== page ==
We are now safe and snug in our tents at the Isaachsen weather station. More to come on that later.

The day began as the rest. Up at 6:30 am. Spark the stove. Eat, drink and pack. The wind had been high all night and the constant flapping of the tent made it difficult to sleep. Ear plugs helped a bit. Most of us find we fall asleep quickly around 9 pm because we are so tired and will sleep well until about 2. Then it is off and on for the rest of the night.

The wind was not too bad as we packed the tents and the sun peaked through the clouds enough to cast a shadow. The wind had shifted direction and would once again be just off our port bow striking us in the face all day.

Visibility was good and I could see our destination 17km away across the frozen sea. It is amazing how much distance one can travel by foot given enough time. What was once just a shape on the horizon would loom huge in front of us after 5 hours of skiing.

As we travelled the wind picked up in intensity and was soon blasting us full force. It was so strong that it slowed our forward progress and I had to put my full ski skins on to combat the force. If this wind were at our backs, we would cover our daily distance in no time. But alas it was not.

The tempest increased to the point it was blowing us around. It was quite strong but it was a relatively warm wind, so the wind chill was not an issue. We were hoping to lose the wind when we got in the lea of the mountain, but instead it just changed direction and instead of being slightly from the side it has head on in our face.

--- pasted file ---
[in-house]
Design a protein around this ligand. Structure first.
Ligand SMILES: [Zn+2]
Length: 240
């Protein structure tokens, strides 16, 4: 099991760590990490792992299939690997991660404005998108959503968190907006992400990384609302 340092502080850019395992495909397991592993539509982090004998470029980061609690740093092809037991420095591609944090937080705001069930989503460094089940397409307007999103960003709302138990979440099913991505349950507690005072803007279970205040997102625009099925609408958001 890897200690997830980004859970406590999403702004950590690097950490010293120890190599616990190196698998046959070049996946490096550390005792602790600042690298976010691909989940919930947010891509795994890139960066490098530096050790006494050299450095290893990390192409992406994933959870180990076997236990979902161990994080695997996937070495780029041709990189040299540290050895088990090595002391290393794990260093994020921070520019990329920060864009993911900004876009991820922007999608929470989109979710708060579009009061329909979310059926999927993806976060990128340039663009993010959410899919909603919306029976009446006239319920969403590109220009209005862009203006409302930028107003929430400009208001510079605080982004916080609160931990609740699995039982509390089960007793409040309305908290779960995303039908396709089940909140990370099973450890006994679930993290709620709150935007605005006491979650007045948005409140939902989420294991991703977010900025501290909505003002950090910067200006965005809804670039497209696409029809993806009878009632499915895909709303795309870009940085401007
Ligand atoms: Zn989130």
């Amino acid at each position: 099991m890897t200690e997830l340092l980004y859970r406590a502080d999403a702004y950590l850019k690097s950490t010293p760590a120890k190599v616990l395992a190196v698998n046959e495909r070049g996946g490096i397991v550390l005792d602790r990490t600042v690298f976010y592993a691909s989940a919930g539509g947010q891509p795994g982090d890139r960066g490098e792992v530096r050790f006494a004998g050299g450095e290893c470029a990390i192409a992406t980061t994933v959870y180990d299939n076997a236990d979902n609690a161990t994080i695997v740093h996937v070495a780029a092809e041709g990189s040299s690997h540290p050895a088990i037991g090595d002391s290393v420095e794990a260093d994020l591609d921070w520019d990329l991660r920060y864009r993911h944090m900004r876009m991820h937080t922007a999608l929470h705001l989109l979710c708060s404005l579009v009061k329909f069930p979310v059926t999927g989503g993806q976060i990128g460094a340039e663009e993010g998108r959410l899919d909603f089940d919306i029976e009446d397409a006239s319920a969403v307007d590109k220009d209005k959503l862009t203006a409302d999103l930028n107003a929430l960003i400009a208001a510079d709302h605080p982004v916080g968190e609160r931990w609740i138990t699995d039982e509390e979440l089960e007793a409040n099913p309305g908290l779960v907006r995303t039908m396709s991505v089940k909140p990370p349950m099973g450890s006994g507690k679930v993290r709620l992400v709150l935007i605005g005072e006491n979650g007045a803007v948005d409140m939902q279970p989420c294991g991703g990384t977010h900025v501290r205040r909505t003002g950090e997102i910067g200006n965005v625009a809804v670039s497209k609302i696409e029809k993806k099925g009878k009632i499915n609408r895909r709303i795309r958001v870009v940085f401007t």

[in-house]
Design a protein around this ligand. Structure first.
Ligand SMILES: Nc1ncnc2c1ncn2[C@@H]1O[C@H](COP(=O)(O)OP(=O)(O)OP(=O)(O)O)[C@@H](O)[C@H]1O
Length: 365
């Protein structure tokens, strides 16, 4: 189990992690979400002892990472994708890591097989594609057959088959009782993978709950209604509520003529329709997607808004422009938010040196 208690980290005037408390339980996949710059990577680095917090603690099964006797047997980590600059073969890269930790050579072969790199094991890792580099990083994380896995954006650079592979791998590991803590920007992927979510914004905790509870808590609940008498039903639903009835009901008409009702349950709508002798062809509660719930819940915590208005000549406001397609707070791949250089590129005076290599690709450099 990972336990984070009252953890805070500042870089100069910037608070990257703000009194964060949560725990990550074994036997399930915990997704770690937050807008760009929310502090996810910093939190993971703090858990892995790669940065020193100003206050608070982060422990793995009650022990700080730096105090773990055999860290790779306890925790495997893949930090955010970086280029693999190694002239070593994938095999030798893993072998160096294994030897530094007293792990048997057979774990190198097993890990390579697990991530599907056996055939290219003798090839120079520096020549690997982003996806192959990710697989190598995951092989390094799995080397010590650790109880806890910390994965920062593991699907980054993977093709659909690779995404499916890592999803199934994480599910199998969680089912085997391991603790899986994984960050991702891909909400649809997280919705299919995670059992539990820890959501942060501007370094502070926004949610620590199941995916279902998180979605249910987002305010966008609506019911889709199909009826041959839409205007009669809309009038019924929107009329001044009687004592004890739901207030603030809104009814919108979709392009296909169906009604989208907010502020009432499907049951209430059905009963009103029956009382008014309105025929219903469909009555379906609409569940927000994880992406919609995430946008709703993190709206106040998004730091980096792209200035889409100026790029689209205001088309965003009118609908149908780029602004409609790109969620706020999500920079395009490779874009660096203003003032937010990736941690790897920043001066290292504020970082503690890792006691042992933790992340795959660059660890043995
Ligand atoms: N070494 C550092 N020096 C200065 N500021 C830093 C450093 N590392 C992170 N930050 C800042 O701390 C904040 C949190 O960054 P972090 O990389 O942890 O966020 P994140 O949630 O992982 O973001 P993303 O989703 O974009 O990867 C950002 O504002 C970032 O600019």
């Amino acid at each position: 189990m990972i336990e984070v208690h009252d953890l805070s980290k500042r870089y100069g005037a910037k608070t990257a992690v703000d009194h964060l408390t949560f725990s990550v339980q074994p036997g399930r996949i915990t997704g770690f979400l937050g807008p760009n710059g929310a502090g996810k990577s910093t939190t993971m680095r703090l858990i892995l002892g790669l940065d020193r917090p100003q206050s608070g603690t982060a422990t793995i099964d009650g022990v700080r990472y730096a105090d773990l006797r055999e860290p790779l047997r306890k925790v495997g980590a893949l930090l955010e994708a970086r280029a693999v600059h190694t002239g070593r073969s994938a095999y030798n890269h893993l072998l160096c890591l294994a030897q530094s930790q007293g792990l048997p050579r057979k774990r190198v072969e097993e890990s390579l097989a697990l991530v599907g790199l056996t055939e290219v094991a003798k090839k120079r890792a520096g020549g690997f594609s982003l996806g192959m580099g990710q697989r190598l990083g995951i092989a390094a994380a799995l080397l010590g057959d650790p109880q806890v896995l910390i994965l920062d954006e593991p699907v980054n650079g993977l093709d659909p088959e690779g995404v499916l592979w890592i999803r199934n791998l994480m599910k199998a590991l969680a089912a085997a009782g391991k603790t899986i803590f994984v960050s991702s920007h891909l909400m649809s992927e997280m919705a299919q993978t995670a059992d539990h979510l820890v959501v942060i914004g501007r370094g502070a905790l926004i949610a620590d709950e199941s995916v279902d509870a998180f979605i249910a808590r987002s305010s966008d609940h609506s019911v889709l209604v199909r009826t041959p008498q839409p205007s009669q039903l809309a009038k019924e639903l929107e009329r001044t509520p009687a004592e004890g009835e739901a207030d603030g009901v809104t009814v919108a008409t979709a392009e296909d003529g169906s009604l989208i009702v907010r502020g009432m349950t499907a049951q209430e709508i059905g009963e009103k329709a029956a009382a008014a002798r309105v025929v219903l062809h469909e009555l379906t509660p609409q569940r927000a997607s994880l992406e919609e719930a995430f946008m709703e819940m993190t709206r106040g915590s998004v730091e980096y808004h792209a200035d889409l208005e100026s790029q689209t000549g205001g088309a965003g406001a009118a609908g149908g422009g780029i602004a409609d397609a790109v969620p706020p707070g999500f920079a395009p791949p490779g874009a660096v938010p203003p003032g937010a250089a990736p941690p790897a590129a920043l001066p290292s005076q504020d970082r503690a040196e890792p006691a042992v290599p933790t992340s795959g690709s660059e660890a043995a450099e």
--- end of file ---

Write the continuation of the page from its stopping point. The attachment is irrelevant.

The surface was quite smooth today as it is constantly scoured by the driving Arctic winds. As we got closer to our destination the wind had blown most of the snow off the ice and we were crossing the most beautiful blue ice.

After about 5 hours we saw our goal in sight. Although we had made it to the Pole yesterday we wanted to make it to the old Isaachsen weather station. Our pilots also wanted us to come here as there is an old airstrip and they like the safety of this over landing on the ice.

This station was built in 1948 as an early warning station and weather station similar to others across the Arctic. The base was closed in 1978 and the basically just walked away. Everything is as it was in 1978. We have only explored a little so far. There are about 20 buildings including a huge garage with about 10 vehicles in it (2 bulldozers, several tractors, and a few dump trucks), there is a mechanic area with a truck mid service with the hood still up. There is a barracks, about 10 snow cats, and several office and maintenance type buildings. It is quite fascinating and I am glad we made the effort to get here.

Our first pick up flight will be about 10 tomorrow morning and the next about 4-5 hours later. It will be nice to sleep in a bed, change my clothes, have a shower and eat non freeze dried food.

It has been a difficult trip but very satisfying. More on that from the comfort of Resolute.

Good night from the ice.